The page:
This source can answer the following questions I have about this story:

 

  1. My real people source or sources will be:

            This source can answer the following questions I have about this story:

 

  1. These are the names of the three people with whom I am setting up interviews for this story:

 

Source 1:

Person’s name:

Email:

Phone number:

Source 2:

Person’s name:

Email:

Phone number:

Source 3:

Person’s name:

Email:

Phone number:

Presenting research in progress and sharing ideas on panels at the AJHA convention are great ways to sharpen your focus, expand your thinking, and cultivate connections with other scholars. But how do you write a successful panel or RIP proposal?

Advice about that is typically passed down informally from adviser to grad student or from senior scholar to junior scholar. Like so many aspects of academic culture, it tends to be shared orally. And those who lack such coaching may not even consider submitting a proposal for panels or research in progress because they don’t know where to start.

In the interest of encouraging those unfamiliar with the process, we considered the following question: “What does someone preparing a panel proposal for the first time need to do to compete with established scholars?” What follows is a starting point to answer that question. We welcome any pointers more established AJHA members would like to share. Look here for the AJHA Call for Papers, Panels, and Research in Progress for the 2017 annual convention in Little Rock, Arkansas.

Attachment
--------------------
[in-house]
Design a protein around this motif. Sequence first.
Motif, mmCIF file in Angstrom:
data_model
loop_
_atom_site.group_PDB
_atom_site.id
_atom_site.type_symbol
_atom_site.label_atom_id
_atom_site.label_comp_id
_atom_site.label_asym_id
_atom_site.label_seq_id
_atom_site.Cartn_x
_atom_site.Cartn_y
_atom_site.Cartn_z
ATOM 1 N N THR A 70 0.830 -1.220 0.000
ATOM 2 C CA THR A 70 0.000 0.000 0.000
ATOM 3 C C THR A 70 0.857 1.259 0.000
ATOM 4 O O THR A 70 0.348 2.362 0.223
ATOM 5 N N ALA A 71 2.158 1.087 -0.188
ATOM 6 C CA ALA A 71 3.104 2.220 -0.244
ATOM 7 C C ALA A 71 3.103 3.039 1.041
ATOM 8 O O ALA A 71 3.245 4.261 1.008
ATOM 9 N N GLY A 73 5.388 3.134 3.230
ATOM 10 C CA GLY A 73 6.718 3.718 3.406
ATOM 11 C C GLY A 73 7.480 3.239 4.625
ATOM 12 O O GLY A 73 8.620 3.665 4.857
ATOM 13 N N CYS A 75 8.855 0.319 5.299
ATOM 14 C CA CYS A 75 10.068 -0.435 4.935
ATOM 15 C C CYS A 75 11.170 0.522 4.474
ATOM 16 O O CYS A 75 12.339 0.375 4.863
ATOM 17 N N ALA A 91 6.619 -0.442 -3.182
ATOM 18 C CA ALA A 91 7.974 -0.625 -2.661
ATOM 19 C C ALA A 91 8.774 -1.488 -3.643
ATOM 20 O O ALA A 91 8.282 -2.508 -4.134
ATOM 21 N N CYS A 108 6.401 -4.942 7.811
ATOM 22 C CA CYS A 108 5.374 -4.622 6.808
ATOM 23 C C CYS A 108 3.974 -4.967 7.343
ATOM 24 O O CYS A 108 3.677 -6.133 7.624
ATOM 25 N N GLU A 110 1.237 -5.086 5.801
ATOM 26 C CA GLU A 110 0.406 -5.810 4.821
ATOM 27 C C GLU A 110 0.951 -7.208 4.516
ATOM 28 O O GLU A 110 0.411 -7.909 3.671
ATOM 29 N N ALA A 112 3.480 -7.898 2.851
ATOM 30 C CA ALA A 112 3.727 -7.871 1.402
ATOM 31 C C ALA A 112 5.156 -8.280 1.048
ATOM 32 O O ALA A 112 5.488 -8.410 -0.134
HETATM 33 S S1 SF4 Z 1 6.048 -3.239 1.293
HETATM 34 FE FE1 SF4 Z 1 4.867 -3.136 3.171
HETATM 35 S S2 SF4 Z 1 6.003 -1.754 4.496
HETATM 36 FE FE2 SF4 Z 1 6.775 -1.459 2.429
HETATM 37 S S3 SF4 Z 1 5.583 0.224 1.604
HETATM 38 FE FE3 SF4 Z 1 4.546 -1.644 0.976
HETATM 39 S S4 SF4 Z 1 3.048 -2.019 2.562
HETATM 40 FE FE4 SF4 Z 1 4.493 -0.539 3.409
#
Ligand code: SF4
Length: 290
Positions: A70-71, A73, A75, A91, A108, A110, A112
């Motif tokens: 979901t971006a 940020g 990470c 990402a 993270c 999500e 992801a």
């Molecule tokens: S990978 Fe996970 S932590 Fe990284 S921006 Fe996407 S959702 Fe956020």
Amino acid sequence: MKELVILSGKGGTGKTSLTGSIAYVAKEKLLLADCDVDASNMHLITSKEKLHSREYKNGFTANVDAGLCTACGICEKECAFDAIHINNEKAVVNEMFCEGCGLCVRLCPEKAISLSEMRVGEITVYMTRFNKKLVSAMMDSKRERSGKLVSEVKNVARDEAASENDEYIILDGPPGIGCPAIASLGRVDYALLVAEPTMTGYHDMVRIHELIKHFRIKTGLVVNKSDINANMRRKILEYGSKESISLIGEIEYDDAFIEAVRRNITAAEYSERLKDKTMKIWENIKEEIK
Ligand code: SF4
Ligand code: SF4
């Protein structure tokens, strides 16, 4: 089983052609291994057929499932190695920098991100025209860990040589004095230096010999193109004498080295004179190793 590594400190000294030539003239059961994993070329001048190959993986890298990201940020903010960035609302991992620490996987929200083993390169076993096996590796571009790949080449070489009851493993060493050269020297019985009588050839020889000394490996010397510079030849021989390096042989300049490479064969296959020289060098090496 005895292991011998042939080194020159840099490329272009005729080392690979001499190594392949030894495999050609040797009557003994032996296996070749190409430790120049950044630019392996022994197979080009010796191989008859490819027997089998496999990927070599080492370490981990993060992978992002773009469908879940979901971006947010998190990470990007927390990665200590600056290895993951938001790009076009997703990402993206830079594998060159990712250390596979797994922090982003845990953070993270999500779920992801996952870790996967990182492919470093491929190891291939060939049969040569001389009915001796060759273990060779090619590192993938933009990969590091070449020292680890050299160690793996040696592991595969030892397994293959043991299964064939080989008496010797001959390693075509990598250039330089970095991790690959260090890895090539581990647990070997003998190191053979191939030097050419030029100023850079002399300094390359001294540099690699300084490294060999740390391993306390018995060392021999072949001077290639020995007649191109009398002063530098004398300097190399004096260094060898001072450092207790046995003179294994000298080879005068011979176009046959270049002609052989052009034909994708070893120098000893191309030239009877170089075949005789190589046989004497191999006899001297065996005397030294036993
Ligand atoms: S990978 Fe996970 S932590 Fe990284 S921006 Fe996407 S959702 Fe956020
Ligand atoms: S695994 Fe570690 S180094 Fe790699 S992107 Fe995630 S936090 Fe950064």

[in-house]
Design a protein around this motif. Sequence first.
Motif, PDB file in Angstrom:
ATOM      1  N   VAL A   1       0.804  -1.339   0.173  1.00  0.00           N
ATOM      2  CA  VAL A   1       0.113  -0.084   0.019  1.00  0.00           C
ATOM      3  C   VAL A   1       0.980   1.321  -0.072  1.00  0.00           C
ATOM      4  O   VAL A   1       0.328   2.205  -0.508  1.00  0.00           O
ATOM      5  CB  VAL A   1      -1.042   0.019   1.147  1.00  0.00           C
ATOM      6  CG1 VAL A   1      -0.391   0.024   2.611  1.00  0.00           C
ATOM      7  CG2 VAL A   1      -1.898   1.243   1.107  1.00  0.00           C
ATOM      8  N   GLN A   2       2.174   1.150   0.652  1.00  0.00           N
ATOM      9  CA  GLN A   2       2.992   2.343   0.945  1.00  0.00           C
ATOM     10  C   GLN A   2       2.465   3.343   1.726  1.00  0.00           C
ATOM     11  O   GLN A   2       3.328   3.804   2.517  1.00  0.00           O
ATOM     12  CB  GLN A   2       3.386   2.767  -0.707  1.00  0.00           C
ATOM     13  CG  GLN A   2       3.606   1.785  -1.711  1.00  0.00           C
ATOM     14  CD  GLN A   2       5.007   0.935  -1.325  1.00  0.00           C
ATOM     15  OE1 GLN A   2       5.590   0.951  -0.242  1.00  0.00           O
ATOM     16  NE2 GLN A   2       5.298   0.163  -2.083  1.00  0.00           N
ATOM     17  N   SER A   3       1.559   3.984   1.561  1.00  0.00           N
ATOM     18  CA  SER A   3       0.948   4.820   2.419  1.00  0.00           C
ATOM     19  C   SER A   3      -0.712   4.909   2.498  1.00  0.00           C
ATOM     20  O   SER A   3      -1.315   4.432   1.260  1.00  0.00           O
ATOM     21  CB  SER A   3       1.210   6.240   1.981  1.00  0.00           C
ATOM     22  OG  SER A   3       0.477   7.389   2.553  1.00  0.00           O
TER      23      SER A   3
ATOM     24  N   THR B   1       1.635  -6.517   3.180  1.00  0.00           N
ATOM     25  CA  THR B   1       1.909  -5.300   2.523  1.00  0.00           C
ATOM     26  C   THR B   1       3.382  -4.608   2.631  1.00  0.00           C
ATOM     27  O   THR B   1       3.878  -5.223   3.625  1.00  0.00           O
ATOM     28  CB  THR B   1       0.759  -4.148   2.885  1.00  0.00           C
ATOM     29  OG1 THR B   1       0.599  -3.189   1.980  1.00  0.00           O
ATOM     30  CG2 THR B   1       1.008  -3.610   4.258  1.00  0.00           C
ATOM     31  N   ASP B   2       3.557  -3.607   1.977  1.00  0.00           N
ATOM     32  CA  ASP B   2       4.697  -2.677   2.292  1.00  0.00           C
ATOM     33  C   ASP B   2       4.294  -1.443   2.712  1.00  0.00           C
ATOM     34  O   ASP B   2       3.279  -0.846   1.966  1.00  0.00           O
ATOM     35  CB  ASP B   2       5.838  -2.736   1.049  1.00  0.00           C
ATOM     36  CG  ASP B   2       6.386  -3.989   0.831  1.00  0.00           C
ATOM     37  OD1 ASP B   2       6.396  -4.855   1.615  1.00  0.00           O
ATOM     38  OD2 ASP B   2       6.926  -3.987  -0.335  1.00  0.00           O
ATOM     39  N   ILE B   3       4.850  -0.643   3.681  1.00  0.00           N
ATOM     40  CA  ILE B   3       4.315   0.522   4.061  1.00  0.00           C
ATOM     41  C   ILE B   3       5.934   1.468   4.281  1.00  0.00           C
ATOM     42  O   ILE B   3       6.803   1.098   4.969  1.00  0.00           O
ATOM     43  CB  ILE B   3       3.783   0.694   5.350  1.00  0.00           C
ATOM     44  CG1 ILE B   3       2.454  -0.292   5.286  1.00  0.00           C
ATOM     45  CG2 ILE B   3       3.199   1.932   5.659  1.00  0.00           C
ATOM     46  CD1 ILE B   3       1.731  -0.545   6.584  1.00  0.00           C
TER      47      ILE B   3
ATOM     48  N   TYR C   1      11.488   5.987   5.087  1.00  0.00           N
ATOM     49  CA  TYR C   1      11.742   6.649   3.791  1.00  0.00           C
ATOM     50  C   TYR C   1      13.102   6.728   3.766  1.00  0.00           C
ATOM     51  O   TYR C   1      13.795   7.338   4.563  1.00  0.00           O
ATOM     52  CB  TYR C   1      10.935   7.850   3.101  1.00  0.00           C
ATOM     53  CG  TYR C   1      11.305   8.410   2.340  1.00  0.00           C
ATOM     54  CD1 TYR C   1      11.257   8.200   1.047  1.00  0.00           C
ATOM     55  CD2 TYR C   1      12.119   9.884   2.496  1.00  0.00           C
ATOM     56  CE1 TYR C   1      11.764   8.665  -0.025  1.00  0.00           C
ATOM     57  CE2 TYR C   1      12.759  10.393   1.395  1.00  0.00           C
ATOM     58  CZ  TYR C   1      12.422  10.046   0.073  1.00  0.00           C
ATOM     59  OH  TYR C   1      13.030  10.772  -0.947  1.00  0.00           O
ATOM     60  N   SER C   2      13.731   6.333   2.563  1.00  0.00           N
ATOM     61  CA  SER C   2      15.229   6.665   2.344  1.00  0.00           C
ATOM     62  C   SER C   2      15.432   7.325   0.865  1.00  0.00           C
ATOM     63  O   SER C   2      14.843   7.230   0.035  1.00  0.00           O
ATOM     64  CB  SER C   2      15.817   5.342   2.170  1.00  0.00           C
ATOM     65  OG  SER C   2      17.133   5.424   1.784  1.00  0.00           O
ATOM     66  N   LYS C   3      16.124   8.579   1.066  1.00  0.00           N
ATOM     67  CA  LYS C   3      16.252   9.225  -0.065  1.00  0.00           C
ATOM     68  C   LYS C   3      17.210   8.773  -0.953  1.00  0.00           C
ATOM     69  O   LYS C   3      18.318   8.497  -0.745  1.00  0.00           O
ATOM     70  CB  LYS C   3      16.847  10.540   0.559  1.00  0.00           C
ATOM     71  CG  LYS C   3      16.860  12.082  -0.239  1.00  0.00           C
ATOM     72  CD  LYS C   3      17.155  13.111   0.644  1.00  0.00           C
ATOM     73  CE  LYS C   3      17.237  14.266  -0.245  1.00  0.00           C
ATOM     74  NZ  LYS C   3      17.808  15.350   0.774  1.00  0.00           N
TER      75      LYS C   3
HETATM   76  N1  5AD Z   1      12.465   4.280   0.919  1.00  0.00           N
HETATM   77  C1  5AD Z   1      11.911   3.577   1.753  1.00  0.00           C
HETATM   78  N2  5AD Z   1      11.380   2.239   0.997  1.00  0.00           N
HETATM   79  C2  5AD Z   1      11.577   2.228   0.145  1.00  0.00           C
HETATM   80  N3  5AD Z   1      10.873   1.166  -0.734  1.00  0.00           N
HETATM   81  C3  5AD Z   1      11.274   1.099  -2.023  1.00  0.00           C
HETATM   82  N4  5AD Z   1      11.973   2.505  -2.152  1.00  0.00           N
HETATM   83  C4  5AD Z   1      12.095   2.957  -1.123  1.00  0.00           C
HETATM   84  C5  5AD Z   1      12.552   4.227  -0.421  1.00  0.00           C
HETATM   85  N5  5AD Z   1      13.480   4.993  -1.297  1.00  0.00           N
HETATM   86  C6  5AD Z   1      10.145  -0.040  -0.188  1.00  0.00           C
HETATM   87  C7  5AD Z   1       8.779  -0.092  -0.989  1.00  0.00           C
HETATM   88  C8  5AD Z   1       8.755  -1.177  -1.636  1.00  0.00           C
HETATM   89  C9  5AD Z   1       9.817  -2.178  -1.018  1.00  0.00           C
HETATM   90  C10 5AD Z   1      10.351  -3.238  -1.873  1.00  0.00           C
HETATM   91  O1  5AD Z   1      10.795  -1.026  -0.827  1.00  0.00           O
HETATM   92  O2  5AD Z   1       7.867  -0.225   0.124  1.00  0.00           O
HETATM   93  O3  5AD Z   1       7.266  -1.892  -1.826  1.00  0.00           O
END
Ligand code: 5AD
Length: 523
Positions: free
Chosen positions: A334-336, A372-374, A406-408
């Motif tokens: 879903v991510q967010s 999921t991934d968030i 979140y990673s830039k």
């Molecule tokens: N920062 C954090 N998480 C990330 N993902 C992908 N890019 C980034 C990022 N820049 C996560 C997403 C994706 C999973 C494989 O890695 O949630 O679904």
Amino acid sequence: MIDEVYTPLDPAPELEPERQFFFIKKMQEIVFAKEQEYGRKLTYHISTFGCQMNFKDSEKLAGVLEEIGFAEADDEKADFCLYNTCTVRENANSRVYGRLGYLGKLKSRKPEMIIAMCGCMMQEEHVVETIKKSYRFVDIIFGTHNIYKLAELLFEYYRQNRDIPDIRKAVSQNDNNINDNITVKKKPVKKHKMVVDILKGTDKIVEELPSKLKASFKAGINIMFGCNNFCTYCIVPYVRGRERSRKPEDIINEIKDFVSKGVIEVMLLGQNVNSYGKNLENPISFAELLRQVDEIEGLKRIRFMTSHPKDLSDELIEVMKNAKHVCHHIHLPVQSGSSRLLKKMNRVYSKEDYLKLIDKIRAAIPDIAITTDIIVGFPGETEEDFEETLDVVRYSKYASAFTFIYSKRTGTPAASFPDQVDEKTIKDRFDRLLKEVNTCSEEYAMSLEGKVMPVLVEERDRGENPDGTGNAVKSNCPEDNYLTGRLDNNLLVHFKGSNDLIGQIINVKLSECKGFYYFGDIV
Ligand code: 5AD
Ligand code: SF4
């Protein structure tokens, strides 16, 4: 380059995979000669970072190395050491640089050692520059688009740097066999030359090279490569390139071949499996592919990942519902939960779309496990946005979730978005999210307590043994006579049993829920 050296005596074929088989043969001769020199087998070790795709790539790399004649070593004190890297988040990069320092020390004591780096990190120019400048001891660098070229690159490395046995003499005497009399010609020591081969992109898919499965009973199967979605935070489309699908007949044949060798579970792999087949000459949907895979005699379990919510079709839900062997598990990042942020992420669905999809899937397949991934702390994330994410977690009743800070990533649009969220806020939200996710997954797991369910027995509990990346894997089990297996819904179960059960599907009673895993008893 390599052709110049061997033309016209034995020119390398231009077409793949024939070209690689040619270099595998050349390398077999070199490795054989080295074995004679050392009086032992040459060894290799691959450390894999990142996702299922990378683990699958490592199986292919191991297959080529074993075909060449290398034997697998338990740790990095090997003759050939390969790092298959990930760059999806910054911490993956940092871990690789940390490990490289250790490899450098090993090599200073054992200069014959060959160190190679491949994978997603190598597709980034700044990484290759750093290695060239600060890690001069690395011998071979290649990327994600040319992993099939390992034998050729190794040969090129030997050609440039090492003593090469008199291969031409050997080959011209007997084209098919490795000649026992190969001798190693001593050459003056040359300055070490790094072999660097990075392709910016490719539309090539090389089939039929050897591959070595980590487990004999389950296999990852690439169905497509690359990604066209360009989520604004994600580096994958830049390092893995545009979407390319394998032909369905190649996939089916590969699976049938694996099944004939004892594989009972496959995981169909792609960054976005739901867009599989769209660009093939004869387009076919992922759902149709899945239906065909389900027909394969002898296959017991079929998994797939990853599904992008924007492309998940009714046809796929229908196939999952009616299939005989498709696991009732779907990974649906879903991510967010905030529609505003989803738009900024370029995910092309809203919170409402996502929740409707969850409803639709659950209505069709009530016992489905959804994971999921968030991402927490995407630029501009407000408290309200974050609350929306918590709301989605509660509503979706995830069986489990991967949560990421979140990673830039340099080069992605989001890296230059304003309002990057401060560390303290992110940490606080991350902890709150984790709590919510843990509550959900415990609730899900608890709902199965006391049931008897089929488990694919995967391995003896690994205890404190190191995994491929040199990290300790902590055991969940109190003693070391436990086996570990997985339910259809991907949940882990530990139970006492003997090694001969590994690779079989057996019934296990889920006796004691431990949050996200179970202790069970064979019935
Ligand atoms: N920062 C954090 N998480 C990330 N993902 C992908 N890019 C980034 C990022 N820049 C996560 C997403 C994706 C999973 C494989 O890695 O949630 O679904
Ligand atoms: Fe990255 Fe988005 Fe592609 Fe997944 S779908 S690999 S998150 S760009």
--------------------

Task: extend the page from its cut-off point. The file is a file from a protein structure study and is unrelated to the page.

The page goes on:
How do I write a successful panel proposal?

  • Familiarize yourself with the AJHA panel sessions held in recent years, which can be found in programs from those conferences. This will help you avoid repetition and give you a sense of the type of panels that get accepted to the conference.
  • Make your proposal appealing to media historians working outside your particular field of research. Rather than focus on a narrow slice of media history, think about ways to broaden the scope. This might mean addressing some aspect of theory, method, teaching, or publication that applies to historians working in all areas.
  • Aim for diversity among your panelists, and get a commitment from them before you submit the proposal. The most persuasive proposals include panelists from diverse perspectives, backgrounds, and institutions who are well trained in the subject and open to discussion.
  • About commitments from panelists: Sometimes panel lineups shift after acceptance. That’s understandable if a medical or family emergency comes up just before the convention. However, the Research Committee expects all panel organizers to obtain firm commitments from members before they submit the proposal.